Thats the answer what shabbir said, to put it in simpler words.
A header file is a collection of functions grouped together for a specific task or process, thus all functions in a header file are relative to each other in some context.
Now a function such as exit() or malloc() can have very different applications depending on the needs of a program. For example if you need to use function exit() in your program just to exit then there will be no need of including other 59 functions defined in stdlib.h so they included the exit function in both header files. Process.h is sufficient for dealing with process abortion and ending. while stdlib.h exit function acts the same, but that file would be included when performing some standard i/o operations.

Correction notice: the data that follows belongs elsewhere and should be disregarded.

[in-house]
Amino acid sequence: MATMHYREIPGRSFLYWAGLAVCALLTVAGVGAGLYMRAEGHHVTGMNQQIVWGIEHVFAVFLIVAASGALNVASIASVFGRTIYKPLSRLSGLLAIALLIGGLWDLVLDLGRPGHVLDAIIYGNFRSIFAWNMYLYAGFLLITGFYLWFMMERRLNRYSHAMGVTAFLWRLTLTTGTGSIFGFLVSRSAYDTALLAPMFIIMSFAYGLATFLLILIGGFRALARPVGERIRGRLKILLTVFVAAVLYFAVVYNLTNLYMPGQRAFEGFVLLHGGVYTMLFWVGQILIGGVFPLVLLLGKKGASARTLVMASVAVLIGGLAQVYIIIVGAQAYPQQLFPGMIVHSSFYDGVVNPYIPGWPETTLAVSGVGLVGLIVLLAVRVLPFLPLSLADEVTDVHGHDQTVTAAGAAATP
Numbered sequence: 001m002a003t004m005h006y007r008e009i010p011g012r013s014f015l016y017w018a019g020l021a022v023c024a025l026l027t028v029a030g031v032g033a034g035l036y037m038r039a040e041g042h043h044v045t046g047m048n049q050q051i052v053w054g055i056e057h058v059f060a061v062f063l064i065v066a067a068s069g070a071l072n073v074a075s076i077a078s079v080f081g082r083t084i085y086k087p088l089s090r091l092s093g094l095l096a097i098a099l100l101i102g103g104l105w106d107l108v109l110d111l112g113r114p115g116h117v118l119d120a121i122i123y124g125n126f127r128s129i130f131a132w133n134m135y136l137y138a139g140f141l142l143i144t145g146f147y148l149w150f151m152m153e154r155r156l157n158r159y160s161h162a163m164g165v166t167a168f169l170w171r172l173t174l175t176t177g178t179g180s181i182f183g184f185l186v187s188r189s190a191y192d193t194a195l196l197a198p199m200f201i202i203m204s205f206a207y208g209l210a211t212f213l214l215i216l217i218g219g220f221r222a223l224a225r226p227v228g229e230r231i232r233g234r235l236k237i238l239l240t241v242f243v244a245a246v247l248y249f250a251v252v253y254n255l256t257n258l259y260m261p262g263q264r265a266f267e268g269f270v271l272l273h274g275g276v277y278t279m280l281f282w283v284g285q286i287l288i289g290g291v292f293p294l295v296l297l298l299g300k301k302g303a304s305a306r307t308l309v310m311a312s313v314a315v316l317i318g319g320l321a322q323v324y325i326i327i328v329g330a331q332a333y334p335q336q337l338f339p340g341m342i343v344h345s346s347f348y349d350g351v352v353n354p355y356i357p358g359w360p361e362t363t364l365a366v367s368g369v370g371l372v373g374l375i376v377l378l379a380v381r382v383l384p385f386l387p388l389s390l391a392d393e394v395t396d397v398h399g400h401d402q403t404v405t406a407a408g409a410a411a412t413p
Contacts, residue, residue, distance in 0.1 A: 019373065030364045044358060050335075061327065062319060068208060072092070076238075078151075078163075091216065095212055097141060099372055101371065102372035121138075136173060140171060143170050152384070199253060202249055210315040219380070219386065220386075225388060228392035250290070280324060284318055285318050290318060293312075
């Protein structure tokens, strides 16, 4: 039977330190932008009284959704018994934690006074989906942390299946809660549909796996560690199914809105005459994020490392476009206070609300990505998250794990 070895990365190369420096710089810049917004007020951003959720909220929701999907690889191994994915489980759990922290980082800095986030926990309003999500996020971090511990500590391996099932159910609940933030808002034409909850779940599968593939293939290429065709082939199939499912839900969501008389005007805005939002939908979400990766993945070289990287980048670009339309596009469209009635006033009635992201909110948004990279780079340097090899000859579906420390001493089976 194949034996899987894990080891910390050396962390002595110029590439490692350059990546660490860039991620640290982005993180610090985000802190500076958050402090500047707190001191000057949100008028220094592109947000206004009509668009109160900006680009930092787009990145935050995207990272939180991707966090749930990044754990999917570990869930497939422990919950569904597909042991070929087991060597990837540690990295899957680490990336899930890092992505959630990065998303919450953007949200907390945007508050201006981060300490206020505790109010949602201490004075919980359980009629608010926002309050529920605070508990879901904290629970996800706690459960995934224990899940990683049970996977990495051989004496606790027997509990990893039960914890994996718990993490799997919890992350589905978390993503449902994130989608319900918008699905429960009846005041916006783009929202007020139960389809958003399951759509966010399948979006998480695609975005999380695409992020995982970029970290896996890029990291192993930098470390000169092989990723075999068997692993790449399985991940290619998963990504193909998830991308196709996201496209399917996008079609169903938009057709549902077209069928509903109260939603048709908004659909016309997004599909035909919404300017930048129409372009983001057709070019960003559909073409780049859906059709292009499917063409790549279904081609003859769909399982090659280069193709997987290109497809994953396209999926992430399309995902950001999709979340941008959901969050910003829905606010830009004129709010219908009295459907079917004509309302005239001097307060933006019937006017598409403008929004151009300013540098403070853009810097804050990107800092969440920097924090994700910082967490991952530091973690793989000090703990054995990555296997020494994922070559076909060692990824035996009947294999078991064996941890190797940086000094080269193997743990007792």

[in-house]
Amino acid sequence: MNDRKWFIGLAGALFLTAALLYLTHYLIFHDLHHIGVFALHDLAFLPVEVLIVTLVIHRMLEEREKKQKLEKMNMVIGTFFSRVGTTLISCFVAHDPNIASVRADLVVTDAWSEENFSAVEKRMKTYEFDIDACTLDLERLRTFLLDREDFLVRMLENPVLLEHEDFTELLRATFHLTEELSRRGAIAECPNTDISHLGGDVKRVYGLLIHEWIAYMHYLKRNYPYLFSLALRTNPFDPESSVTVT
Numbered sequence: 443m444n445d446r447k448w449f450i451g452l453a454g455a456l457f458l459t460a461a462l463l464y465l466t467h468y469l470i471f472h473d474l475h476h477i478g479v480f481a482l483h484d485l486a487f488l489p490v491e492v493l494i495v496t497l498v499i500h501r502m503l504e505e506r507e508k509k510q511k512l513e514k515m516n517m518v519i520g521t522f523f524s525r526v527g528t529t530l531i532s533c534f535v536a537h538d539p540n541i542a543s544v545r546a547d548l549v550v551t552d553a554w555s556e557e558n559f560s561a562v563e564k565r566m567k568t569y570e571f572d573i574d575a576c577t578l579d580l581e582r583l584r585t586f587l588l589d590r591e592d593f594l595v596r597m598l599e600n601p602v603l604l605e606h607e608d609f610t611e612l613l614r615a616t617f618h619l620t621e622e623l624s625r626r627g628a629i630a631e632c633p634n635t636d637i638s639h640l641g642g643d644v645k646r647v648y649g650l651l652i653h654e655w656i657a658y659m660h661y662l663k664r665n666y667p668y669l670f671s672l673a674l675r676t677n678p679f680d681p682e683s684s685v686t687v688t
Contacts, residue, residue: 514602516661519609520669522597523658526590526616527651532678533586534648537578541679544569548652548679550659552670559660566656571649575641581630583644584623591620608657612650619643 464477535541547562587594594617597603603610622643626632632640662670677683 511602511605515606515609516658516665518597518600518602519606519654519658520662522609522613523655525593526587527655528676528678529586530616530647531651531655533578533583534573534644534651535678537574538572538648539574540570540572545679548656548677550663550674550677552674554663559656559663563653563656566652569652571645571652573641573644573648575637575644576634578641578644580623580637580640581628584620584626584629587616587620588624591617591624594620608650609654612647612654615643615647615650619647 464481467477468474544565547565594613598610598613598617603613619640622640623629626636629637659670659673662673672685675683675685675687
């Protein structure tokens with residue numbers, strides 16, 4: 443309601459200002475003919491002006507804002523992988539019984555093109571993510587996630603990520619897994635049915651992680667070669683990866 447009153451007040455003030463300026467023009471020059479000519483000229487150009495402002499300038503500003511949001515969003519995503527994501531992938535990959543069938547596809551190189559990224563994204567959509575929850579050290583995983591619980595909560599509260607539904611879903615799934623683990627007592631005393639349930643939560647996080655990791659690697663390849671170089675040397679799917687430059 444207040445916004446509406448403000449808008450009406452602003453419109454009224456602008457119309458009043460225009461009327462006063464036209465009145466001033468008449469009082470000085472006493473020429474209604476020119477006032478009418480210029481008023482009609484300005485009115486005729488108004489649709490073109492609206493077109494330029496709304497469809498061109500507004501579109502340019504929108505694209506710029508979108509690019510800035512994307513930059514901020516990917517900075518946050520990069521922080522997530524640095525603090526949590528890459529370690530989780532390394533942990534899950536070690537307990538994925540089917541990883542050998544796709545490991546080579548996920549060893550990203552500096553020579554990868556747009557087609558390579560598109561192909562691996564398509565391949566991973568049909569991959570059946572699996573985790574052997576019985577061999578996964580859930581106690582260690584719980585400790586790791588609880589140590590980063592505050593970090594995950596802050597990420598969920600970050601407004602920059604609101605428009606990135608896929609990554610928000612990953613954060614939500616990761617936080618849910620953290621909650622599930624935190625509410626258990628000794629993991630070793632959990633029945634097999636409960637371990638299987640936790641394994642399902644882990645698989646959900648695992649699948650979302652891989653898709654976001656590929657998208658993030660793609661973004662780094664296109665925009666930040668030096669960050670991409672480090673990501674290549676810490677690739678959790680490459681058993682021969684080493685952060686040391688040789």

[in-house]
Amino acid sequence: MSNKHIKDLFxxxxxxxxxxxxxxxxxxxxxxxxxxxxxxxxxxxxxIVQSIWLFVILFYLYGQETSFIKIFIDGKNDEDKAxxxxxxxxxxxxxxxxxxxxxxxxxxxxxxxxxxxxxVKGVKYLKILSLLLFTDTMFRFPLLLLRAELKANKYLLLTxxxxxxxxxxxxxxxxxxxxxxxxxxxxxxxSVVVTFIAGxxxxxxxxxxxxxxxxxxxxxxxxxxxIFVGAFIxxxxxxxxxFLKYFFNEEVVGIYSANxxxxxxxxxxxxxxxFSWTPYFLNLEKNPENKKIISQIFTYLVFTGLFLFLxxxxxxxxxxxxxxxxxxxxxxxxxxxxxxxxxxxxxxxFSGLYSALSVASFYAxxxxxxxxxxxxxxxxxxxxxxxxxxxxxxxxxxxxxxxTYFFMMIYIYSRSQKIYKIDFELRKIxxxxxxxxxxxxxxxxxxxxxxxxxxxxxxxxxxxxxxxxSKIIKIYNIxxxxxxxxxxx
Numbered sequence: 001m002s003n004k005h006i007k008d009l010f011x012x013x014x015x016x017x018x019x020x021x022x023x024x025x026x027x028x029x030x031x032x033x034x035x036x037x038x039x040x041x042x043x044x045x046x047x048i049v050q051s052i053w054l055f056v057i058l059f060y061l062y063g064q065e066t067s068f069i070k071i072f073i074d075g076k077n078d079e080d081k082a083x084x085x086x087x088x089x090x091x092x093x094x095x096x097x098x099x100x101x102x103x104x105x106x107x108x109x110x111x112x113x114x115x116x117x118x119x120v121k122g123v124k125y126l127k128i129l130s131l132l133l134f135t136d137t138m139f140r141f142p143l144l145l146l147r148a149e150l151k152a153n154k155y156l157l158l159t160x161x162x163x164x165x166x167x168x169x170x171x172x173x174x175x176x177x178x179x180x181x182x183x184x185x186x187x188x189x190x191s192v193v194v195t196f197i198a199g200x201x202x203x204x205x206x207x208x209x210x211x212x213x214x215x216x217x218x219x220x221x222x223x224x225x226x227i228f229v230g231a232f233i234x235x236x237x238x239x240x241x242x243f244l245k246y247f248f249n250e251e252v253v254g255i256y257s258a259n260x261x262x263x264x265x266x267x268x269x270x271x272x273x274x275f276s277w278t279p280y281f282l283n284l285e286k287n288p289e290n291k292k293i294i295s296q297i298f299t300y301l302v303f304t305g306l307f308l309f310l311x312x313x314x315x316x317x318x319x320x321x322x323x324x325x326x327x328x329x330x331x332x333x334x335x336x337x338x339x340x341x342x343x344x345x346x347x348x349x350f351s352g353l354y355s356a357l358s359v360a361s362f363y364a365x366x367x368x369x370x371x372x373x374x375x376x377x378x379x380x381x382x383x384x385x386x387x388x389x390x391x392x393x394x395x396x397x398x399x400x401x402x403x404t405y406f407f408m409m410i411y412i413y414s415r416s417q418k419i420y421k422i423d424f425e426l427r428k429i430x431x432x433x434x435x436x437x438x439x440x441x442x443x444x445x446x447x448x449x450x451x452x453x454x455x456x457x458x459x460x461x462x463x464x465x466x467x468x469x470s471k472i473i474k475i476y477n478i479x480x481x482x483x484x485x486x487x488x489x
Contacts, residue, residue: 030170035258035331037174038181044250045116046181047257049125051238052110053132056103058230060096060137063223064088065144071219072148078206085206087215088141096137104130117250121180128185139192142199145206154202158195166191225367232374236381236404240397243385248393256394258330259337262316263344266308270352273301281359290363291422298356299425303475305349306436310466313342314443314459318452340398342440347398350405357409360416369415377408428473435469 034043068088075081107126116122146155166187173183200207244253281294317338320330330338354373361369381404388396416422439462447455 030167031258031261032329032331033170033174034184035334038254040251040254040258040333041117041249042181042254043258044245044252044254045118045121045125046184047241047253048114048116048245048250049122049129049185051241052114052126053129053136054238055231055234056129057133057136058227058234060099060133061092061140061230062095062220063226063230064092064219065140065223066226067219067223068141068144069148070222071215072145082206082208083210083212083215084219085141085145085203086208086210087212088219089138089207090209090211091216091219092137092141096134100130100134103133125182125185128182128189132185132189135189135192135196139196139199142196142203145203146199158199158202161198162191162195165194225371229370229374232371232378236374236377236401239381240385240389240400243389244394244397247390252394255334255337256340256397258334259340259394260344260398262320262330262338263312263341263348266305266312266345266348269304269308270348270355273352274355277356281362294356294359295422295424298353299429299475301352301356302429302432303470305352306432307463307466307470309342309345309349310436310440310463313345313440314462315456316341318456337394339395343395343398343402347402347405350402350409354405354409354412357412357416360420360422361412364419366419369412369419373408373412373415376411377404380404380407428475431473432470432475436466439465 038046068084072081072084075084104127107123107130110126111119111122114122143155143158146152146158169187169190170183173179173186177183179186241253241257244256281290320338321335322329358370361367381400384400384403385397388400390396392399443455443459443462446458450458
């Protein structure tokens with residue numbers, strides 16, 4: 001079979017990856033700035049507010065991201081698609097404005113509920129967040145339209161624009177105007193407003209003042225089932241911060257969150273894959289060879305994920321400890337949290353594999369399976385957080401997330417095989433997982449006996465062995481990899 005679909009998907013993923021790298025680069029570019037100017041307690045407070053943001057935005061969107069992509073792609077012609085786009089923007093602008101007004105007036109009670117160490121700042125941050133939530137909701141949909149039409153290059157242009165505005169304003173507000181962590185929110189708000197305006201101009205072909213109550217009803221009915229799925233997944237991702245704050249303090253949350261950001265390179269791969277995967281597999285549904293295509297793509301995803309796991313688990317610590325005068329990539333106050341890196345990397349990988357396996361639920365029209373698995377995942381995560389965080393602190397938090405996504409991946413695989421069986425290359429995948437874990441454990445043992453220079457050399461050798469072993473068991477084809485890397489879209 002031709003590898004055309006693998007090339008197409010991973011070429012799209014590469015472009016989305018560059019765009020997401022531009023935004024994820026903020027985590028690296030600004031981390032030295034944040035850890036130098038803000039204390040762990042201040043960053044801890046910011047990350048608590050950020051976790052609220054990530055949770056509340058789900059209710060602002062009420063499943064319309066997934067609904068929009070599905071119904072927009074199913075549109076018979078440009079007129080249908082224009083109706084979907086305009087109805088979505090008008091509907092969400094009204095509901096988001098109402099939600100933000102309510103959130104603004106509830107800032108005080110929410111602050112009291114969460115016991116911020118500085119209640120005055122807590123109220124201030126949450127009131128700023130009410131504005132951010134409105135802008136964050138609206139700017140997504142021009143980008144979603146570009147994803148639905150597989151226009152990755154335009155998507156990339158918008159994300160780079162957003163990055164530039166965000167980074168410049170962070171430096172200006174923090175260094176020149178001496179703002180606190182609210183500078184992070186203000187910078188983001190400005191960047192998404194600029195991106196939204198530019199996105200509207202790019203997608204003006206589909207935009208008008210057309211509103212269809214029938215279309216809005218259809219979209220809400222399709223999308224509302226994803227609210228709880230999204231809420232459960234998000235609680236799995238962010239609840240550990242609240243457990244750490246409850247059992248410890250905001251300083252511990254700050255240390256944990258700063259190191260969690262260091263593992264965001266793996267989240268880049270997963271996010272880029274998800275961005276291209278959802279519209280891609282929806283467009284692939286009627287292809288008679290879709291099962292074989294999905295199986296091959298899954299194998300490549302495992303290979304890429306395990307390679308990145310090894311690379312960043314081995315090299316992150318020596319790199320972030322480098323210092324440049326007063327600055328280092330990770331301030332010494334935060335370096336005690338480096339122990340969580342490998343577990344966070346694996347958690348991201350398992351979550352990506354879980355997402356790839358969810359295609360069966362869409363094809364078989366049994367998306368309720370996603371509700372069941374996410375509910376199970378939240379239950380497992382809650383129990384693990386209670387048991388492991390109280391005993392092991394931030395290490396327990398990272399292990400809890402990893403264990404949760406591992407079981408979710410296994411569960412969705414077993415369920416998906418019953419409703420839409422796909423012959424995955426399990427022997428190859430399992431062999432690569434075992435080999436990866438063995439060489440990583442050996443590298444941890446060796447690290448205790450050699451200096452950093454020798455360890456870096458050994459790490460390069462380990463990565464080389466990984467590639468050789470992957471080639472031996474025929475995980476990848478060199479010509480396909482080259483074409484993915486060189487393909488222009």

To sum up , they are grouping the functions so that relativity is maintained , and multiple declarations of more generic functions define that user dont have to include all the other unnecessary functions .
I hope that solved your problem,